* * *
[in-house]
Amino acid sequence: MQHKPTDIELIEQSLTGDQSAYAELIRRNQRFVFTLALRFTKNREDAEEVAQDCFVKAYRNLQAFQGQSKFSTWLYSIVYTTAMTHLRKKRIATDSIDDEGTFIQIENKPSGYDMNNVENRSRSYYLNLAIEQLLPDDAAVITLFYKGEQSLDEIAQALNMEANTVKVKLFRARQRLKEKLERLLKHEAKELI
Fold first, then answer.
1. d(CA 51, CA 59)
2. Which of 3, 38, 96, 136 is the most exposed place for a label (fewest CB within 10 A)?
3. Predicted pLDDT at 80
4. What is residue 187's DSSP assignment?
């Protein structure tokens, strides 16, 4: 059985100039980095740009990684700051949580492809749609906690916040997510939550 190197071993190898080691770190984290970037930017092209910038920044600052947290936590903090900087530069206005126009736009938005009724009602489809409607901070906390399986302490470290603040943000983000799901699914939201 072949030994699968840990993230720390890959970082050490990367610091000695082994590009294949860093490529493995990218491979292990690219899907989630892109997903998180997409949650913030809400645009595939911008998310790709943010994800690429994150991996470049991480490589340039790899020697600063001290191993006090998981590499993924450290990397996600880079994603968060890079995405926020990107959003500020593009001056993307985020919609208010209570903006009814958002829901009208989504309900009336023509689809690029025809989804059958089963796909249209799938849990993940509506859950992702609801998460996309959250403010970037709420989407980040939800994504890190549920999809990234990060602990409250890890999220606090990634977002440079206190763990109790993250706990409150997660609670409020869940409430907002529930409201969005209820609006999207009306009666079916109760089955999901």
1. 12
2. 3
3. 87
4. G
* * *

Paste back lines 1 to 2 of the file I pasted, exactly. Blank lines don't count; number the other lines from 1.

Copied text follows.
[in-house]
Amino acid sequence: MQHKPTDIELIEQSLTGDQSAYAELIRRNQRFVFTLALRFTKNREDAEEVAQDCFVKAYRNLQAFQGQSKFSTWLYSIVYTTAMTHLRKKRIATDSIDDEGTFIQIENKPSGYDMNNVENRSRSYYLNLAIEQLLPDDAAVITLFYKGEQSLDEIAQALNMEANTVKVKLFRARQRLKEKLERLLKHEAKELI